3. Pay the fees.
• Tip: Pay just the $7 for courier of physical copies. No
point of spending $85 or so for speed delivery – the hard
copy is just for your record, and you just need the soft
copy which is included in the original fee.
4. Now, go to your university and ask for 2 things:
• Original transcripts of marksheets
• Attested copy of your degree
All universities have a different process of providing these 2
things to you. So just call them up and understand the
5. After you have these 2 documents, either your university or
you will have to put them in a bag and courier it to WES (the
address will be given to you by WES when you complete step
Also include the WES reference number on top of the

IMPORTANT: The document must be sent from your university

post office ONLY (or from a post office with the same pin code)
This is basically because many universities are lazy and while they
are supposed to send the transcripts & degree directly to WES,
they ask you to courier it.


Alright! Now comes the make or break part of your application.
Not trying to scare you, however this is the part where most
people struggle (sometimes for months!).
Like we talked in the eligibility section, IELTS exam is basically to
test your ability to LISTEN, READ, WRITE & SPEAK the language
that’s used the most to communicate in Canada.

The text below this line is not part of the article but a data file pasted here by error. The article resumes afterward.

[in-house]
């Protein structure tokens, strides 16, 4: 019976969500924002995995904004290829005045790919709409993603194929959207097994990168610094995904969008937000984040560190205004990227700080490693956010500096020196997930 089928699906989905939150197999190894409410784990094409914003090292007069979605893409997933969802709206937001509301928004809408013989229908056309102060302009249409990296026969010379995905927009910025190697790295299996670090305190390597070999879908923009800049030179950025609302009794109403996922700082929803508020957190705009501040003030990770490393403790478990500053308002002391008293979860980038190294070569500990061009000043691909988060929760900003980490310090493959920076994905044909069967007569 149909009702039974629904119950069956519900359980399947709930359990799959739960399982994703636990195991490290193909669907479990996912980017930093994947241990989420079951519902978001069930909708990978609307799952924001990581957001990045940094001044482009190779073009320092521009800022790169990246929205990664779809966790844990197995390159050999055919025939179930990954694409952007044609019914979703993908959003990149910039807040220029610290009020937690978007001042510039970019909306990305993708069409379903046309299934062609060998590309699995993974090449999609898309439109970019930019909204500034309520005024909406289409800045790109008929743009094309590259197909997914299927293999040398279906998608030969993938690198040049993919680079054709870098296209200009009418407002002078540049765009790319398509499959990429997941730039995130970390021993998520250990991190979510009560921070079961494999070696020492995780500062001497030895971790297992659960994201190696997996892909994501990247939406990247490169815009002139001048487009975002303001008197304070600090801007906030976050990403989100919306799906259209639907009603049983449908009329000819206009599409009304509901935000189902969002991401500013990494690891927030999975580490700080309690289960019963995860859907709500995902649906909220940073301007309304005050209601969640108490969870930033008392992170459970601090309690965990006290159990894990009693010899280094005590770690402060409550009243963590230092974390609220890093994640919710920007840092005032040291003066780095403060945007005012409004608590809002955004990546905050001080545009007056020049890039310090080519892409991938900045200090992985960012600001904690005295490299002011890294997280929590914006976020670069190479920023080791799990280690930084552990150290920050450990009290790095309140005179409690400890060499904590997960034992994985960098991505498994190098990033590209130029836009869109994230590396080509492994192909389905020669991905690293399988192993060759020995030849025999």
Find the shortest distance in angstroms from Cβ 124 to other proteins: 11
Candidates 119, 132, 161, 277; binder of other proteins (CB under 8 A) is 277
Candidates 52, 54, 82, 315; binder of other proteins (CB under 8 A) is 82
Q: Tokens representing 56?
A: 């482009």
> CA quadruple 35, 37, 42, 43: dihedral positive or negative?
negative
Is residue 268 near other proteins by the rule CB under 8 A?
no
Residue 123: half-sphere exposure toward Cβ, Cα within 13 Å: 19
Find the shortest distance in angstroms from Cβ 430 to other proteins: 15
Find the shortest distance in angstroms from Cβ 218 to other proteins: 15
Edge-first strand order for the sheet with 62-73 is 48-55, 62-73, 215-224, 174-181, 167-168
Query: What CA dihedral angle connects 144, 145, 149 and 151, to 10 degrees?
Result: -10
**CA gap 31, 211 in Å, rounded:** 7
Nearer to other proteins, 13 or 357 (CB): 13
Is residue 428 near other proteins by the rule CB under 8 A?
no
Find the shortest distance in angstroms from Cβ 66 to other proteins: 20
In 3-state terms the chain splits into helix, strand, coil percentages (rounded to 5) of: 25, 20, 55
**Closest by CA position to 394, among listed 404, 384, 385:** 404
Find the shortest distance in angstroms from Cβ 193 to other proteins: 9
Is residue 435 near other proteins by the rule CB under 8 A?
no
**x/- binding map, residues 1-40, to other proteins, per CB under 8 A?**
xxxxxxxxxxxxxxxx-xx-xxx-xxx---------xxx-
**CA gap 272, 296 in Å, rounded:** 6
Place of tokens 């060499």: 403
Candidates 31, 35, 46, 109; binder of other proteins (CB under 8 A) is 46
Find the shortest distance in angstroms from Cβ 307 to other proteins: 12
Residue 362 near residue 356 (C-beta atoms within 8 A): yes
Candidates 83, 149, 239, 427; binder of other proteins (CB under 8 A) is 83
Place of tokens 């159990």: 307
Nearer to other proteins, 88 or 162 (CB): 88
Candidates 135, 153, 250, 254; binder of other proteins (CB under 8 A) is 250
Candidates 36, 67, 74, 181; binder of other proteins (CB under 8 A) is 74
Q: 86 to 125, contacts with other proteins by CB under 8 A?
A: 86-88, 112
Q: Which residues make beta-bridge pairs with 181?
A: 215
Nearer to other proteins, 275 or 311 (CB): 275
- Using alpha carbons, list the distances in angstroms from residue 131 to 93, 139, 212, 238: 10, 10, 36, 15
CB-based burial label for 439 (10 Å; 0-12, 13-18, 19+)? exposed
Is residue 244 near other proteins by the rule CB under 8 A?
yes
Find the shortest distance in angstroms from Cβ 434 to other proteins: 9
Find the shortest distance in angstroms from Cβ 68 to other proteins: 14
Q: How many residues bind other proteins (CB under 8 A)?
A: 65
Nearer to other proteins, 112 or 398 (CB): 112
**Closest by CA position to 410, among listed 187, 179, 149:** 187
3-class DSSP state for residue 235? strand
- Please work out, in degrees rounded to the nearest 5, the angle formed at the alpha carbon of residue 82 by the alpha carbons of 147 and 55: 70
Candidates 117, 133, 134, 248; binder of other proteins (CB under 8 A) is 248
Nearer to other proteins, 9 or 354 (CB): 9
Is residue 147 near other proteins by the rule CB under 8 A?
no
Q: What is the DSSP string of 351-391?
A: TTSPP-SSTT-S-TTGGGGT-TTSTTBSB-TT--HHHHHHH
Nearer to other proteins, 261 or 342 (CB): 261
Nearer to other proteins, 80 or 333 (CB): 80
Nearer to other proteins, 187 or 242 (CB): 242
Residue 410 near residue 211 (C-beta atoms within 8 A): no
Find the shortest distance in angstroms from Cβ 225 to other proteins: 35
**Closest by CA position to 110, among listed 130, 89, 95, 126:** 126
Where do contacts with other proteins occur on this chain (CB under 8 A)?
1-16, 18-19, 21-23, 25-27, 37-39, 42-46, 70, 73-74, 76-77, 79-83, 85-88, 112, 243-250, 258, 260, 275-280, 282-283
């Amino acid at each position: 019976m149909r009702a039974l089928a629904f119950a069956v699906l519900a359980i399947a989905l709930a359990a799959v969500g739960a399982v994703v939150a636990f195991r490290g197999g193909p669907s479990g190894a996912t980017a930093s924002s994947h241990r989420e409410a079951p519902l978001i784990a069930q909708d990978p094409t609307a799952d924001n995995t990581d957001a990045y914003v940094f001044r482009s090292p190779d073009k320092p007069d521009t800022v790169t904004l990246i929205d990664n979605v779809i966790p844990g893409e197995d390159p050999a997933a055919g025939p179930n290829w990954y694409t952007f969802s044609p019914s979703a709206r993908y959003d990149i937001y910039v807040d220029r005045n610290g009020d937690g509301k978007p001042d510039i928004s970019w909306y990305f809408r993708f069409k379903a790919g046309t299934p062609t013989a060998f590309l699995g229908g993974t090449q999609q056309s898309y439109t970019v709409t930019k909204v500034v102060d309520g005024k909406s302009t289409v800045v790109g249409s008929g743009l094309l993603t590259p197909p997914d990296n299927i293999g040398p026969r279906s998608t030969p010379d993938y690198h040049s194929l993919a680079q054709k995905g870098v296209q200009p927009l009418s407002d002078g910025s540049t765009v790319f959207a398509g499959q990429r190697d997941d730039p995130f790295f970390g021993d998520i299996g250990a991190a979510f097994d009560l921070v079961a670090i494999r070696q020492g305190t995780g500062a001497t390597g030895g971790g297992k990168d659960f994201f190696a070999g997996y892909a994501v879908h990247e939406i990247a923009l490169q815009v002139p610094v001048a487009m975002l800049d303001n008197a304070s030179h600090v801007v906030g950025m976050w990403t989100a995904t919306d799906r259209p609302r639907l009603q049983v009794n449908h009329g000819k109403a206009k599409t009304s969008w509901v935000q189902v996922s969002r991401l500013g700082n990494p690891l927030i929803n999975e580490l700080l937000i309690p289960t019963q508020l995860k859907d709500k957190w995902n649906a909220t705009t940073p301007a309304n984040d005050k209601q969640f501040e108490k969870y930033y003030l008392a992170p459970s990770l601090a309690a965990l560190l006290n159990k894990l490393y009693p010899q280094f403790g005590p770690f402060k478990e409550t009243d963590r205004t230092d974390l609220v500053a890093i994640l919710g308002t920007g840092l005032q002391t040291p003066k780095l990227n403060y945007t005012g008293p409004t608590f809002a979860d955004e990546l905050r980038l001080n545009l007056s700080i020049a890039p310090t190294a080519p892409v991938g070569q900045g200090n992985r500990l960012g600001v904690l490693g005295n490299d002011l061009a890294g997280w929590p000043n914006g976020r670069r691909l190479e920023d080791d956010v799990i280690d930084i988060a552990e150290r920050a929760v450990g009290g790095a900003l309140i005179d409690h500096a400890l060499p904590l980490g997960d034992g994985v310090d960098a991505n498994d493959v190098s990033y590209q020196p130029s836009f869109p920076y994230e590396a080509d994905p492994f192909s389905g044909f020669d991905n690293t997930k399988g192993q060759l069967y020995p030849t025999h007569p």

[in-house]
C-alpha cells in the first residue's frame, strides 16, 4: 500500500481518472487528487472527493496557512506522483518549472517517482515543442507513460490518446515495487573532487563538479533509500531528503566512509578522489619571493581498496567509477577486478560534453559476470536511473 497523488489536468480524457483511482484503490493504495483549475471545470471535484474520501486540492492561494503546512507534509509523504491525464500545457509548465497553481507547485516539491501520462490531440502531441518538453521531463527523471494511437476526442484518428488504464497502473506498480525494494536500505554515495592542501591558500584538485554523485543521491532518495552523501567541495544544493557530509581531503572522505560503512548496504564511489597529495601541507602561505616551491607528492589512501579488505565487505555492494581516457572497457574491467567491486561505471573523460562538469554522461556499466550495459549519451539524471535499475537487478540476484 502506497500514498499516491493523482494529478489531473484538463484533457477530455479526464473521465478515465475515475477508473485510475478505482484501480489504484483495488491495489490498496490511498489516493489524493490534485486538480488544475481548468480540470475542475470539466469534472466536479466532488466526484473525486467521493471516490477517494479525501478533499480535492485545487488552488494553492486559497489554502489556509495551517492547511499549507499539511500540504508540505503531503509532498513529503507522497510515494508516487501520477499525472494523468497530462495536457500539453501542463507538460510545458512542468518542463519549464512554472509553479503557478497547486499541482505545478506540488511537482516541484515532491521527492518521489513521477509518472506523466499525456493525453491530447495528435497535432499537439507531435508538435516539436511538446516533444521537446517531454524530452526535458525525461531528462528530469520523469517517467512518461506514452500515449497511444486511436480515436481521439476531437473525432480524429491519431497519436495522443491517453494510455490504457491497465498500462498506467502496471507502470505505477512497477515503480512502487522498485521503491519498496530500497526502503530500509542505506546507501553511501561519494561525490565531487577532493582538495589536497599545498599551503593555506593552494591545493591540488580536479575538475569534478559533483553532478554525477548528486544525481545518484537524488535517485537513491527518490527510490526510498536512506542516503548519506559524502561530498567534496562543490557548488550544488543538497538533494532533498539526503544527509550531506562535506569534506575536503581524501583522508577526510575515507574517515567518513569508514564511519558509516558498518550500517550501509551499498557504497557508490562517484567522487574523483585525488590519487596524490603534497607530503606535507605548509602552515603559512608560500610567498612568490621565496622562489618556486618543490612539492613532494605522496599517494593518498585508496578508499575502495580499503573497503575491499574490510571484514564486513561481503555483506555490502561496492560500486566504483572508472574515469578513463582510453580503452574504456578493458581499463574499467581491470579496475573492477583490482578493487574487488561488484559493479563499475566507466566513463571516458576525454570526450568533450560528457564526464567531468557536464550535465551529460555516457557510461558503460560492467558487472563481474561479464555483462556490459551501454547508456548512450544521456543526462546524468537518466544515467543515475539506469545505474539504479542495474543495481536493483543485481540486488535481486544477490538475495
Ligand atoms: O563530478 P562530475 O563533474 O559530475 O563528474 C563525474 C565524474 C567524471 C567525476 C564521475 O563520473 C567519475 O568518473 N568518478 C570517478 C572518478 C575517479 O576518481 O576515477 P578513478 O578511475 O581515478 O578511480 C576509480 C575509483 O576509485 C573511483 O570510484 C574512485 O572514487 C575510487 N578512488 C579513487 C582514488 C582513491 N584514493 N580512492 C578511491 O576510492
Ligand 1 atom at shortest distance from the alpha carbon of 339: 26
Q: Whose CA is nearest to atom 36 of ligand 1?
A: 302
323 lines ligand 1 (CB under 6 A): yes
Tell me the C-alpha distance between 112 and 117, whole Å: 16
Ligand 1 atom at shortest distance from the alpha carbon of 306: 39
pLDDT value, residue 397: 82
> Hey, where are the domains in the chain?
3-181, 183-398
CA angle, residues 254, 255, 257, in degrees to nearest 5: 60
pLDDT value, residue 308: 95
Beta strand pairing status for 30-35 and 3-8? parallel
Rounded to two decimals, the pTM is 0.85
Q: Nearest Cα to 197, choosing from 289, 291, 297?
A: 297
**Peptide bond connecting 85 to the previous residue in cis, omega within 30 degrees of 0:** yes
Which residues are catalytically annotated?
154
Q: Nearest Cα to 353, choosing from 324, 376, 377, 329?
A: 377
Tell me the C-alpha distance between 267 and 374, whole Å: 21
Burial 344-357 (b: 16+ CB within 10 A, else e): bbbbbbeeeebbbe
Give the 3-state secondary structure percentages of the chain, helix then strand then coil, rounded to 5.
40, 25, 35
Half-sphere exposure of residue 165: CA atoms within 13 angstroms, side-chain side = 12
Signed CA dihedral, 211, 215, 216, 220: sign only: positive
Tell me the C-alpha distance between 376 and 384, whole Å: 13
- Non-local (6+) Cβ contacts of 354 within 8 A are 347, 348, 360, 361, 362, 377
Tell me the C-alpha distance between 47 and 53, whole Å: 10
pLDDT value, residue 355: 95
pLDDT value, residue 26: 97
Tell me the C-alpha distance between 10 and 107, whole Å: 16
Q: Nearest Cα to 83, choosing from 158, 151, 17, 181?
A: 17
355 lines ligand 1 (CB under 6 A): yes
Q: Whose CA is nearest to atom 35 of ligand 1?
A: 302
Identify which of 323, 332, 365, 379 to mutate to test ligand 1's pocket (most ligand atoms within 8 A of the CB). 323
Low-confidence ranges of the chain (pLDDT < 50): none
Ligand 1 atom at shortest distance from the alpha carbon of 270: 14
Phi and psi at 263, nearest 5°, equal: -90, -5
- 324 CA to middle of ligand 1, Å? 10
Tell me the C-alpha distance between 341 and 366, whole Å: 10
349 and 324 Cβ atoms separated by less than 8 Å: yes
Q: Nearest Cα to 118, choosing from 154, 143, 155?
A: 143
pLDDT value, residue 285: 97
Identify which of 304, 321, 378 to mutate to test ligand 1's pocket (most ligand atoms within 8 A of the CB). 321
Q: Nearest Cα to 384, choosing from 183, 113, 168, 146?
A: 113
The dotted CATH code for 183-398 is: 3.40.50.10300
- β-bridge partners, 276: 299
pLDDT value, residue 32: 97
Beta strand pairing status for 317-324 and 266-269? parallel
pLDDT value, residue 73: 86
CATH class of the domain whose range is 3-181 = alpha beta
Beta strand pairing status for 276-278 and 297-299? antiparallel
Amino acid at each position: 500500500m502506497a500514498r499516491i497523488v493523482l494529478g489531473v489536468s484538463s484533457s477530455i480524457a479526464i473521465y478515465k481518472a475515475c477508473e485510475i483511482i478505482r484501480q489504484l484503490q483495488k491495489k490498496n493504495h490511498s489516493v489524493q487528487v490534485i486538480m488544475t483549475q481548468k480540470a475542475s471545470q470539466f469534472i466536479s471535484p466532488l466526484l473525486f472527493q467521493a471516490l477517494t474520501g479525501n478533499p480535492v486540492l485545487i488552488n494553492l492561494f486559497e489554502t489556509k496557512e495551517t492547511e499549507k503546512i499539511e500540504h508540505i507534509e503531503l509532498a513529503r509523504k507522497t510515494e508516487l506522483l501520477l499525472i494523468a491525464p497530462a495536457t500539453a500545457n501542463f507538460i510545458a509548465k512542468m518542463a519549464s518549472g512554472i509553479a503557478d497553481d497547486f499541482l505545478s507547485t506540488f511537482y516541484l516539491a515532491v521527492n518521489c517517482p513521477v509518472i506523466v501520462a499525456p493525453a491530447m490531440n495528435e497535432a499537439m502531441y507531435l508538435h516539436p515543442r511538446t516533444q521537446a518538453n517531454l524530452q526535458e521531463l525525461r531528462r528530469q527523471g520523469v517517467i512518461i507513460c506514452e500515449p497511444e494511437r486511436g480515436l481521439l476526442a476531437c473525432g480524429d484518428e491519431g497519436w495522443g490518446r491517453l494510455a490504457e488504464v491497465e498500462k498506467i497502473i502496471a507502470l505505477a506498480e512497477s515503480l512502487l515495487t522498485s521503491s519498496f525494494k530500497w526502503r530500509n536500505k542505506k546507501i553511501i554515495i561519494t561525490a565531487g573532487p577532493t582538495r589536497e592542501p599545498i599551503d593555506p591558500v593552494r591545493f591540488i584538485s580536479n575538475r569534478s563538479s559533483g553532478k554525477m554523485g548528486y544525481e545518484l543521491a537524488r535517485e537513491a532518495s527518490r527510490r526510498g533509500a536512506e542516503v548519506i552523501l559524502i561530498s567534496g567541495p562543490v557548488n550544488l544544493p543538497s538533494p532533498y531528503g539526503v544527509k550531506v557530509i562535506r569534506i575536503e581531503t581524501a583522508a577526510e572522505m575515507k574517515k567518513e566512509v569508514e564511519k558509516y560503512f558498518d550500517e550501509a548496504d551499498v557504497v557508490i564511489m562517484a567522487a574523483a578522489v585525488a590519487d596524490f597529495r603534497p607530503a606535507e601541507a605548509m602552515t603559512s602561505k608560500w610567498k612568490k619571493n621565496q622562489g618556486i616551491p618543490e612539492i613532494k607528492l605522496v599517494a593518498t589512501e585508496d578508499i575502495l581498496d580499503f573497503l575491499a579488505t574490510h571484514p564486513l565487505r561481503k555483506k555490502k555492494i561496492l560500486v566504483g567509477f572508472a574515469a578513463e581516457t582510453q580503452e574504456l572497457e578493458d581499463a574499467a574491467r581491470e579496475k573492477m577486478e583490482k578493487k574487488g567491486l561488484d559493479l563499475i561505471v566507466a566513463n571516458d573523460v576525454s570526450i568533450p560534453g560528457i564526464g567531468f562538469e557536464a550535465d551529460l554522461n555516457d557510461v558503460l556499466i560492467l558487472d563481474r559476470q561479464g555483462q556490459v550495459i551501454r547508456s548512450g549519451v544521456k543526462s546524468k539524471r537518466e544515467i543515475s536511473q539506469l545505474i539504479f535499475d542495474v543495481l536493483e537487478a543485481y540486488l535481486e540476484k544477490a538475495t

What should I expect from the test?

There are 4 sections: Listening, Reading, Writing & Speaking.
Section 1: LISTENING (30 mins)
You will listen to four recorded texts, monologues and
conversations by a range of native speakers, and answer a series
of 40 questions. These include questions that test your ability to
understand main ideas and detailed factual information, ability
to understand the opinions and attitudes of speakers, and the
ability to follow the development of ideas. Each section is heard
only once.

Recording 1: A conversation between two people set in an

everyday social context.
Recording 2: A monologue set in an everyday social context, e.g.
a speech about local facilities.
Recording 3: A conversation between up to four people set in an
educational or training context, e.g. a university tutor and a
student discussing an assignment.
Recording 4: A monologue on an academic subject, e.g. a
university lecture.
Important tips for listening section:

• The biggest problem that people face in this section is

following the accent and speech of the native speaker!
ü Solution: Watching a lot of English serials help! So here’s
a free pass to binge watch at nights and weekends J
Trust me, it helps!
• The first section is the easiest and it gets tougher as you go
towards section 4. You are given time between recordings to
go through the questions (more time before the 1st 2
recordings and lesser in the next 2).
ü Solution: Use the time from the first 2 sections to read
through the questions of section 3 and 4 as well J You
will know what I am talking about when you do your
practice test! Just remember this tip – it will help you
clear the section J

Section 2: READING (60 mins)

The Reading section consists of 40 questions. A variety of
question types is used in order to test a wide range of reading